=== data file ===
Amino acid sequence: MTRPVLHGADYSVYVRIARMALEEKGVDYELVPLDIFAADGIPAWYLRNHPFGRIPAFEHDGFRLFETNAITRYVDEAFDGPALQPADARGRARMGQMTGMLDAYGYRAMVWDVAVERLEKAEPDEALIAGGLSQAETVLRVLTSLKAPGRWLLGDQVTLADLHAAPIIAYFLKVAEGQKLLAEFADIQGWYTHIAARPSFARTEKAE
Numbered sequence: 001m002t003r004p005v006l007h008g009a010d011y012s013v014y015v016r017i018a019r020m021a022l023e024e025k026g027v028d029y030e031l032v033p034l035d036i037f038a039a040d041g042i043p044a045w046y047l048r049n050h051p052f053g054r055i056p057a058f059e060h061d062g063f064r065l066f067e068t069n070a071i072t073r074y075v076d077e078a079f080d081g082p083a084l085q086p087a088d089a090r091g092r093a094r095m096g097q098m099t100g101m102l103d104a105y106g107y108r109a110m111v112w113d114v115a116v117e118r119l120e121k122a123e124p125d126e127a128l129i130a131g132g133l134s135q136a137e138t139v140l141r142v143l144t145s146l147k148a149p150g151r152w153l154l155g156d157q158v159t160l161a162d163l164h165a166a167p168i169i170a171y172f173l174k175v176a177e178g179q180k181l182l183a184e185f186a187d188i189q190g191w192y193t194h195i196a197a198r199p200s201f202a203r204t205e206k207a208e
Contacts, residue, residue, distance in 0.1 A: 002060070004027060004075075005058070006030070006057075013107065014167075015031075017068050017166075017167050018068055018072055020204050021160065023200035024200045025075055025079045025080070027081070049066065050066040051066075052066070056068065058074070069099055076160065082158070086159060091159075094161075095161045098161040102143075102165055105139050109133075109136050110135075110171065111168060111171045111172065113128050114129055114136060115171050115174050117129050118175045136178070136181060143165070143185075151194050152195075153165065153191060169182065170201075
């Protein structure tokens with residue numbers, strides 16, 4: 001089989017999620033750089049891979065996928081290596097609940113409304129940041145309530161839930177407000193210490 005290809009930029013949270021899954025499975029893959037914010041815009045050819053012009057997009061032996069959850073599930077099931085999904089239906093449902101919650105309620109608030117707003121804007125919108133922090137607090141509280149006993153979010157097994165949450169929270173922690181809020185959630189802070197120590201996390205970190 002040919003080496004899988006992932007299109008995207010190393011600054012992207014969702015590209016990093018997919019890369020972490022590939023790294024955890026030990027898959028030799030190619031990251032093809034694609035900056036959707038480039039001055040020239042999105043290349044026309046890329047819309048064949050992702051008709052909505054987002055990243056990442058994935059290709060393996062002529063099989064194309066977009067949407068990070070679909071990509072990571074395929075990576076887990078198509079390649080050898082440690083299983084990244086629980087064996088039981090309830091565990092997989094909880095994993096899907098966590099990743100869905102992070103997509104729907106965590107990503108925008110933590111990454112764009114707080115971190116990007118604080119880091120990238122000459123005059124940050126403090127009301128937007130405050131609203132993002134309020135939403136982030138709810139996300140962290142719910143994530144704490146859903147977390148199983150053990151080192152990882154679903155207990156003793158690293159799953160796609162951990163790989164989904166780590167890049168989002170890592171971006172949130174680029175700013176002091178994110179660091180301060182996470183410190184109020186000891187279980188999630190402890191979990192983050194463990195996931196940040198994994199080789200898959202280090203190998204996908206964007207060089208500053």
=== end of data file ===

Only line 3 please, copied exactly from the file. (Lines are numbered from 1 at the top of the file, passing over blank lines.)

Contacts, residue, residue, distance in 0.1 A: 002060070004027060004075075005058070006030070006057075013107065014167075015031075017068050017166075017167050018068055018072055020204050021160065023200035024200045025075055025079045025080070027081070049066065050066040051066075052066070056068065058074070069099055076160065082158070086159060091159075094161075095161045098161040102143075102165055105139050109133075109136050110135075110171065111168060111171045111172065113128050114129055114136060115171050115174050117129050118175045136178070136181060143165070143185075151194050152195075153165065153191060169182065170201075